Some authors consider that the volume yet-to-find in the Eastern Llanos Basin amounts circa 12 4000 MBO. Two giant fields (Caño Limón and Rubiales), two major (Apiay and Castilla), and over eighty minor fields have been discovered in this region.
The main source rock in this area corresponds to marinecontinental shales from Gachetá Formation, buried under the eastern flank of the Eastern Cordillera (Figure 2). The Gachetá shales contain type II and III kerogen; TOC varies between 1-3% and effective thicknesses between 150 to 300 feet.
Two pulses of migration have been documented: the first one during the upper Eocene-Oligocene, the second one extending from the Miocene to present. Reservoir Rock Sandstones of the Carbonera Formation (C-3, C-5 and C-7 units) and Mirador (Paleogene) are excellent hydrocarbons reservoirs. Besides, some sandy intervals of the Cretaceous sequence are also excellent reservoirs. Their porosity ranges from 10 to 30%.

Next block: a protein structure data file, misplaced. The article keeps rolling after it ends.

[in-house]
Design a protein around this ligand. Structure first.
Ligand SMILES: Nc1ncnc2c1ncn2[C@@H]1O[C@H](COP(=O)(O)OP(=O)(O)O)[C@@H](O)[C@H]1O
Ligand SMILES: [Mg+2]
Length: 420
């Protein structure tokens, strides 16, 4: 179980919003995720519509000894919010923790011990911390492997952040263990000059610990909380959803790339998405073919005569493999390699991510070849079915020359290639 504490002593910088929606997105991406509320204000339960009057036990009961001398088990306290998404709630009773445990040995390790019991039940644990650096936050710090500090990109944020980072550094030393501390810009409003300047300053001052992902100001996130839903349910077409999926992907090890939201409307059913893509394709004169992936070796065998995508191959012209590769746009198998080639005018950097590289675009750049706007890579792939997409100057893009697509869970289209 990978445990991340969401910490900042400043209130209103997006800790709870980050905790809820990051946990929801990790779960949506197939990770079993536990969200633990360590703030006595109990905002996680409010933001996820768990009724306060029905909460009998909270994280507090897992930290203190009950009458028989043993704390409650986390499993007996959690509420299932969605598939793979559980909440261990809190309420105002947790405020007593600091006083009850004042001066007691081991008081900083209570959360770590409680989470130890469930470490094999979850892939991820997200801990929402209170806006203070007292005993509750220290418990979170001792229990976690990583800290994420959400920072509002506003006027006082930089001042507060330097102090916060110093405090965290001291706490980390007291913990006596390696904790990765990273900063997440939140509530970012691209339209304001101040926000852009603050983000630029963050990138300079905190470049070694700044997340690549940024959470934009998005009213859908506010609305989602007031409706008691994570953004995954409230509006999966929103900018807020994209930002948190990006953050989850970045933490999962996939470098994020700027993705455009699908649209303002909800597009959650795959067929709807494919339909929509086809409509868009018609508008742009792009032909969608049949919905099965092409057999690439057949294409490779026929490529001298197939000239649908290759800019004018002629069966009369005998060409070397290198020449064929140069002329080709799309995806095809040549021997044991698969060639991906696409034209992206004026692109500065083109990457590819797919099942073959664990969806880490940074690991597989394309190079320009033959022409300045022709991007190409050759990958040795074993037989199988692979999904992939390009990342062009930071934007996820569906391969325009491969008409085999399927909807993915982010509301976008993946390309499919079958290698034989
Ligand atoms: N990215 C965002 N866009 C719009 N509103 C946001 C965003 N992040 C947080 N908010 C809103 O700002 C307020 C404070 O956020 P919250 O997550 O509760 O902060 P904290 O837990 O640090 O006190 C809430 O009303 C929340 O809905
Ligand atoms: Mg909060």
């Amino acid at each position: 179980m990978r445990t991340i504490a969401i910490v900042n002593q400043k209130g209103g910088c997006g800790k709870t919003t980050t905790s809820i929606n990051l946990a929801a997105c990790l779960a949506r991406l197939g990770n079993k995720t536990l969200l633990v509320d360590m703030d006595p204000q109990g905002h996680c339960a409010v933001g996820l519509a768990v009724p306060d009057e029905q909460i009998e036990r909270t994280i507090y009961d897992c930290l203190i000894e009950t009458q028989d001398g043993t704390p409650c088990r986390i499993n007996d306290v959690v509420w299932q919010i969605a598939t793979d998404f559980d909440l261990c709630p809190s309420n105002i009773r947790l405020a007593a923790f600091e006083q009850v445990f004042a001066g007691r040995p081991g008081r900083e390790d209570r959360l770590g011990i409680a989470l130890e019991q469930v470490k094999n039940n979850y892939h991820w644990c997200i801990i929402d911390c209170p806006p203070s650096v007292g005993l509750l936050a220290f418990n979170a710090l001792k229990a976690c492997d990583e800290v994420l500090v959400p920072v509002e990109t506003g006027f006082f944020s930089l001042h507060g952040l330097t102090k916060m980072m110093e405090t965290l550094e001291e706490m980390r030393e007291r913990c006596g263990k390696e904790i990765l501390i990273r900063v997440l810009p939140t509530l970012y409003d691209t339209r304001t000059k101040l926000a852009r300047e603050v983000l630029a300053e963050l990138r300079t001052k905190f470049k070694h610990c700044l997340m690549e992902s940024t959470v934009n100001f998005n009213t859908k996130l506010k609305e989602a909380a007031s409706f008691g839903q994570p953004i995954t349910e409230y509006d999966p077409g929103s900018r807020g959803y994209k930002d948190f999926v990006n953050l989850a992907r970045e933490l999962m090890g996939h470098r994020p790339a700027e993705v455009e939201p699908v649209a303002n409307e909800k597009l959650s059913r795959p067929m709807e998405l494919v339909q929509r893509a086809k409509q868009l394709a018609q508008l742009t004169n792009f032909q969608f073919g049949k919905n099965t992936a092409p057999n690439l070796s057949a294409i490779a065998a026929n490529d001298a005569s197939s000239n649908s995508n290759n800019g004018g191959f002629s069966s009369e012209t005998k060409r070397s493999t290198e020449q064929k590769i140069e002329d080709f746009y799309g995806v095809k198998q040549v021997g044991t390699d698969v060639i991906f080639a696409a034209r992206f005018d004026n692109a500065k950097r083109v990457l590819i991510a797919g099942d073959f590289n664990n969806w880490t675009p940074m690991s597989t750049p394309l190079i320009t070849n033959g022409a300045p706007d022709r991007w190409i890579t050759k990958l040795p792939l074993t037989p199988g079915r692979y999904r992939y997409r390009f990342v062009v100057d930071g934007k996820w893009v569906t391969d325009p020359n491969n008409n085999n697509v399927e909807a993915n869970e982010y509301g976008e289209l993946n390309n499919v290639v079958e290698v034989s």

The regional seal of the basin is the León Formation. The units C-2, C-4, C-6 and C-8 of the Carbonera Formation are recognized as local seals. Cretaceous shales from Gachetá and Guadalupe formations can act as intraformational seals.
So far, exploration has been concentrated on antithetic normal faults. However, the anticlines related to reverse faults and low relief structures, as well as stratigraphic traps that locally represent interesting exploration targets (Figure 3).